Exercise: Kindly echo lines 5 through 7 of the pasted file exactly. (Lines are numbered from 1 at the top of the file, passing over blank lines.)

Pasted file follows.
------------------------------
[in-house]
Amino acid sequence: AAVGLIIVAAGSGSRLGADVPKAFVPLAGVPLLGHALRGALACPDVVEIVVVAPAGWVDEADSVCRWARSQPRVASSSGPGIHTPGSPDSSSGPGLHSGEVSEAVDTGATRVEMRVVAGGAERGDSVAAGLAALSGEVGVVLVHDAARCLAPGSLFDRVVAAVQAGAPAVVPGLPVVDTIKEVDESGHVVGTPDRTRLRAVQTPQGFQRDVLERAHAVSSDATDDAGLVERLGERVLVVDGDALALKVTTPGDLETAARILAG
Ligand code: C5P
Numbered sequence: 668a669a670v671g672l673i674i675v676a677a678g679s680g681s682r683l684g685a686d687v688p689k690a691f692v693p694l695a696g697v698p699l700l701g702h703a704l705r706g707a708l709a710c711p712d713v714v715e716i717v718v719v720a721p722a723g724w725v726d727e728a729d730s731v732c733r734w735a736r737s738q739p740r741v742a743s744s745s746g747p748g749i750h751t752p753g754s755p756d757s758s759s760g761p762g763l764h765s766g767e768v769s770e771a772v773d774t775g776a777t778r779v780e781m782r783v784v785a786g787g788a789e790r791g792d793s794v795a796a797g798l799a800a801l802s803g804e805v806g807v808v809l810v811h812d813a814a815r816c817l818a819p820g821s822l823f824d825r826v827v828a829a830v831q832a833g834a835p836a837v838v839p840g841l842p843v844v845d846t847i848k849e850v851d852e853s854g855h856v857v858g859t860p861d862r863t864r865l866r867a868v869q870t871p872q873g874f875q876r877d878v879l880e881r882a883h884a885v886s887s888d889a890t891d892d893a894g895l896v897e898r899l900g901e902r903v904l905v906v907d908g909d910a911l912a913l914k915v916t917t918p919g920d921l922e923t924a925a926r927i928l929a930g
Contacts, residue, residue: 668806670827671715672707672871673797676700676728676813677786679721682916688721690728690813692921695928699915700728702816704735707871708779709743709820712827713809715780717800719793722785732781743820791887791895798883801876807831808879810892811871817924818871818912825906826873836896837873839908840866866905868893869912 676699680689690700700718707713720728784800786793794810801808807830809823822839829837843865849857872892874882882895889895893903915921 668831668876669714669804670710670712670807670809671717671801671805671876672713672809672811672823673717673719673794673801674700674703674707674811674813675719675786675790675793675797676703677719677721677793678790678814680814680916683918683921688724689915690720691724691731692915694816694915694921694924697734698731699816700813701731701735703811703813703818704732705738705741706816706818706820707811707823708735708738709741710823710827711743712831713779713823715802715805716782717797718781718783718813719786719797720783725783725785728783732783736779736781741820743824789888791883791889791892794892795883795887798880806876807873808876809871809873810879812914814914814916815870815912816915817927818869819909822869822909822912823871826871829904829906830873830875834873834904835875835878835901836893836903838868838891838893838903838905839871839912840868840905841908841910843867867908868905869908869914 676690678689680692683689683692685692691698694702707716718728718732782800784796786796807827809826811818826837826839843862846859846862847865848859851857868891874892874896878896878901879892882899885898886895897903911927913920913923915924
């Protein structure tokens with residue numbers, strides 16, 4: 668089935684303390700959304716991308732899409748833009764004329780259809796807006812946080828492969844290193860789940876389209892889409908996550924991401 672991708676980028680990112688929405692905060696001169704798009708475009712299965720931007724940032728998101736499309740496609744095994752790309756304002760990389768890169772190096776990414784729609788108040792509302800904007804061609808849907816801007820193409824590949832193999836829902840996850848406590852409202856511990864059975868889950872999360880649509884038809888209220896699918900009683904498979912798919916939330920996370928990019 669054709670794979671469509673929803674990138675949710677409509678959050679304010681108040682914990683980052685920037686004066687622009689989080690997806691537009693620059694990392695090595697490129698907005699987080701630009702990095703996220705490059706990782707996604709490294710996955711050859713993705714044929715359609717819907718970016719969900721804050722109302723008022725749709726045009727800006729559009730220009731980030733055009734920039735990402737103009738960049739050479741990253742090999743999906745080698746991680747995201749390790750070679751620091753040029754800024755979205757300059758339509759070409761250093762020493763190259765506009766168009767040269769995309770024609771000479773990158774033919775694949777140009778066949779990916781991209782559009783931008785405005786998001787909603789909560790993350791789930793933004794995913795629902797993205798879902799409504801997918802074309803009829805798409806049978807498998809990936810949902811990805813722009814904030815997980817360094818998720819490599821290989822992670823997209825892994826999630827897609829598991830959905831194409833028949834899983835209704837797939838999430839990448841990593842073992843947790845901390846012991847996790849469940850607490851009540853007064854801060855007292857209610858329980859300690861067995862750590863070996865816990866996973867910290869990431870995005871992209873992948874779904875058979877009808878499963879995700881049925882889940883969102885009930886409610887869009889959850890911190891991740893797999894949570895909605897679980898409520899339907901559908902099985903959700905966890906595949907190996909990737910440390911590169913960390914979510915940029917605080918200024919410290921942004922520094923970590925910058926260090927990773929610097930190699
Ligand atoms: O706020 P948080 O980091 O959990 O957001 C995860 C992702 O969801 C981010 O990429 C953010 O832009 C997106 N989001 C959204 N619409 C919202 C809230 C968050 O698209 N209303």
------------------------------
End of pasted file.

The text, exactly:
Contacts, residue, residue: 668806670827671715672707672871673797676700676728676813677786679721682916688721690728690813692921695928699915700728702816704735707871708779709743709820712827713809715780717800719793722785732781743820791887791895798883801876807831808879810892811871817924818871818912825906826873836896837873839908840866866905868893869912 676699680689690700700718707713720728784800786793794810801808807830809823822839829837843865849857872892874882882895889895893903915921 668831668876669714669804670710670712670807670809671717671801671805671876672713672809672811672823673717673719673794673801674700674703674707674811674813675719675786675790675793675797676703677719677721677793678790678814680814680916683918683921688724689915690720691724691731692915694816694915694921694924697734698731699816700813701731701735703811703813703818704732705738705741706816706818706820707811707823708735708738709741710823710827711743712831713779713823715802715805716782717797718781718783718813719786719797720783725783725785728783732783736779736781741820743824789888791883791889791892794892795883795887798880806876807873808876809871809873810879812914814914814916815870815912816915817927818869819909822869822909822912823871826871829904829906830873830875834873834904835875835878835901836893836903838868838891838893838903838905839871839912840868840905841908841910843867867908868905869908869914 676690678689680692683689683692685692691698694702707716718728718732782800784796786796807827809826811818826837826839843862846859846862847865848859851857868891874892874896878896878901879892882899885898886895897903911927913920913923915924
């Protein structure tokens with residue numbers, strides 16, 4: 668089935684303390700959304716991308732899409748833009764004329780259809796807006812946080828492969844290193860789940876389209892889409908996550924991401 672991708676980028680990112688929405692905060696001169704798009708475009712299965720931007724940032728998101736499309740496609744095994752790309756304002760990389768890169772190096776990414784729609788108040792509302800904007804061609808849907816801007820193409824590949832193999836829902840996850848406590852409202856511990864059975868889950872999360880649509884038809888209220896699918900009683904498979912798919916939330920996370928990019 669054709670794979671469509673929803674990138675949710677409509678959050679304010681108040682914990683980052685920037686004066687622009689989080690997806691537009693620059694990392695090595697490129698907005699987080701630009702990095703996220705490059706990782707996604709490294710996955711050859713993705714044929715359609717819907718970016719969900721804050722109302723008022725749709726045009727800006729559009730220009731980030733055009734920039735990402737103009738960049739050479741990253742090999743999906745080698746991680747995201749390790750070679751620091753040029754800024755979205757300059758339509759070409761250093762020493763190259765506009766168009767040269769995309770024609771000479773990158774033919775694949777140009778066949779990916781991209782559009783931008785405005786998001787909603789909560790993350791789930793933004794995913795629902797993205798879902799409504801997918802074309803009829805798409806049978807498998809990936810949902811990805813722009814904030815997980817360094818998720819490599821290989822992670823997209825892994826999630827897609829598991830959905831194409833028949834899983835209704837797939838999430839990448841990593842073992843947790845901390846012991847996790849469940850607490851009540853007064854801060855007292857209610858329980859300690861067995862750590863070996865816990866996973867910290869990431870995005871992209873992948874779904875058979877009808878499963879995700881049925882889940883969102885009930886409610887869009889959850890911190891991740893797999894949570895909605897679980898409520899339907901559908902099985903959700905966890906595949907190996909990737910440390911590169913960390914979510915940029917605080918200024919410290921942004922520094923970590925910058926260090927990773929610097930190699
Ligand atoms: O706020 P948080 O980091 O959990 O957001 C995860 C992702 O969801 C981010 O990429 C953010 O832009 C997106 N989001 C959204 N619409 C919202 C809230 C968050 O698209 N209303």